|Duh Voodoo Man's Geforce3 Ti200 Overclocking Guide|
|SQUEEZING THE MAXIMUM PERFORMANCE FROM YOUR GF3 TI200!!|
CRANKING IT UP:
The basic process for overclocking is kind of like walking from thick ice to thin. At first you take big steps and move along quickly, but your steps get smaller and smaller until you see or hear "cracks"--in this case, those are manifested as visual artifacts in 3D applications, or system lock-ups. So it's basically a matter of take a step and test. If all is well, take another step. Keep going until those "cracks" appear, and then back off a step. One note here--unless you are foolhardy and try outrageous overclock settings, the chances of actually damaging the video card are extremely remote. Doing your homework upfront and knowing the approximate limits of the card going into the process further reduces this risk.
To do this iterative process effectively, you need a good "test"--something that applies a pretty stressful 3D workout to the card, after you've made a clockspeed increase. Most people use 3D games or benchmarks (like 3DMark2001) for this purpose. My personal method of choice is to run Quake 3 Arena in a continuous timedemo loop. This is done using a special game configuration file and a batch file that runs a series of prerecorded demos in a continuous loop. You can download these files in a ZIP archive by clicking on THIS LINK. If you don't own a copy of Q3A, the free game demo is still available for download at several places on the web (try HERE), and the demoloop works with that, too. But be aware that the game demo is almost 47MB!
If the demoloop will run with the new clockspeed settings for 30 minutes or so without locking up or kicking out to the desktop, I figure I'm good to try the next "step". When a lock-up finally occurs--or if I see visual artifacts (flashing white pixels) on the display--I back off to the last stable setting. At this point, you're not sure WHICH setting (core or memory) caused the lock-up, though, so now it makes sense to go back and increase ONE of the two settings and retest. You may find that you still have some room to increase one of the settings, even though the other is already "maxed out".
For my Gainward GF3 Ti200, I employed the following steps:
- 175/400 (the card's shipping "default" at start-up)
- 200/475 (this looked like a reasonable "no risk" starting point for the card)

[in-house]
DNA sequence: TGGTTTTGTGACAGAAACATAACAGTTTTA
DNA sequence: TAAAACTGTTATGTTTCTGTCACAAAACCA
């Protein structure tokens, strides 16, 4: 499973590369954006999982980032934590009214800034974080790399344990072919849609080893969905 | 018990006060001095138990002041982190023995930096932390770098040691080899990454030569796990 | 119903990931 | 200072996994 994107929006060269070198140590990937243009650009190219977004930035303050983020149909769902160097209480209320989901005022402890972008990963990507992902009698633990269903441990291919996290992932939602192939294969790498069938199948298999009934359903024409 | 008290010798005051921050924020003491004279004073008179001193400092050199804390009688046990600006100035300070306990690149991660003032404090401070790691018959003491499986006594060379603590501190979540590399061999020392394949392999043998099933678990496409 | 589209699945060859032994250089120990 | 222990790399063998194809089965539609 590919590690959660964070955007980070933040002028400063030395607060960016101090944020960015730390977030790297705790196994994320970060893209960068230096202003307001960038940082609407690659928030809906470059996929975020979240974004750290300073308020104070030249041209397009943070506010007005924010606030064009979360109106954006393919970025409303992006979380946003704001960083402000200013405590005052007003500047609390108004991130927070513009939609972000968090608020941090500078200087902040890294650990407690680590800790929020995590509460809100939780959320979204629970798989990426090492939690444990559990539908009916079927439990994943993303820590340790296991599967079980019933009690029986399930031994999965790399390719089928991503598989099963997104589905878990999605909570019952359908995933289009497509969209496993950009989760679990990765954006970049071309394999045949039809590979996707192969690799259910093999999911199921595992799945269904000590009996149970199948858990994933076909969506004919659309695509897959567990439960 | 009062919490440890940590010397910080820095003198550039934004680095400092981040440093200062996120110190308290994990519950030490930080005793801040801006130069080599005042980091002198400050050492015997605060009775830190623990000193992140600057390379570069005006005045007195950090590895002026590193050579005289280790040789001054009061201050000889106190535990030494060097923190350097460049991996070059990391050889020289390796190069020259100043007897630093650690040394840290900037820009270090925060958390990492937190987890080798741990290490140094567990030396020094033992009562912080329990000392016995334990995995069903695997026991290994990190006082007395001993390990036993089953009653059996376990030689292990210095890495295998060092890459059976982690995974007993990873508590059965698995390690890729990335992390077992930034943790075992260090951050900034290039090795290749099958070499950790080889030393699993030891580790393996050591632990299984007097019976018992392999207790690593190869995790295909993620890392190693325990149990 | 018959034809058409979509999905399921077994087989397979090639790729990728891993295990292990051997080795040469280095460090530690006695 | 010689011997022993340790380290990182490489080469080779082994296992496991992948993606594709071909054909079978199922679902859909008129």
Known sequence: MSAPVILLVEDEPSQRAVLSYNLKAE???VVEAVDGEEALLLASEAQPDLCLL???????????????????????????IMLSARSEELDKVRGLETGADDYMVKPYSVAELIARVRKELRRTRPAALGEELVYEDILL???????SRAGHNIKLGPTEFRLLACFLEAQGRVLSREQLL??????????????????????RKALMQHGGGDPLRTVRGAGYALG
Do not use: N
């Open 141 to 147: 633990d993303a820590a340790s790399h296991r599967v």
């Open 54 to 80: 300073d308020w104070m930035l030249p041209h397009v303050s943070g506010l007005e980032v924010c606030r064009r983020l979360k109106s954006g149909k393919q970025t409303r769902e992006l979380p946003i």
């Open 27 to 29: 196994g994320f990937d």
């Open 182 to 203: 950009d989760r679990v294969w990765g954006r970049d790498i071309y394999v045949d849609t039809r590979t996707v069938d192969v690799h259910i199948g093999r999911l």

- 220/500 (memory speed here is now at the rated value for 4.0 ns memory)
- 230/515 (steps are getting smaller now, with memory above rating)
- 240/525 (this was my initial estimated core target)
- 250/535 (PC locked up a couple of minutes into the demo loop)
As it happened, 240/525 was the limit on both speeds, as can be seen on the NVMax screenshot at right. Independently increasing the core to 250 or the memory to 535 resulted in lock-ups. So it turned out that our initial overclocking target of 240/500 was right on the nose for the core and a bit conservative for the memory, on this particular card. Not bad, when you consider that the Geforce3 Ti500 ships at default clockspeeds of 240/500! To put this in perspective, the Gainward GF3 Ti200 is currently listed at NewEgg.com for $156. The Ti500 version typically sells for around $330, more than twice as expensive!! And the only extra feature on it is a DVI connector, unless you spring for the even more expensive VIVO version.
One other point on this--you may come across comments to the effect that "overclocking puts stress on the components of your video card and will reduce the life of the card". And that's probably true. But is it SIGNIFICANT? That's very much open to debate. I have run individual video cards in a "maxed overclock" mode for well over a year and a half and seen absolutely no problems. Why not longer than that? Because they were OBSOLETE by that time, and I replaced them with a newer card. The point is, if you're interested enough in maximizing 3D rendering performance to be overclocking your video card, I very much doubt that you plan to use it for more than a couple of years. So, just as an example, if overclocking were to reduce the life of the card from 10 years to 5, WHO CARES? It's a dinosaur by then, anyway...
Even with this method, you may run into individual games or 3D apps that aren't stable at your final settings. In my case, all of my games run great at 240/525, but Unreal Tournament locks up after a few minutes. So I just back off to 230/515 when I run that game--NVmax makes that a snap. Problem solved.
You can see the final 3DMark 2001 performance in the graphic at left, but what did all this effort actually produce, when we look at the original performance level of the card? Glad you asked....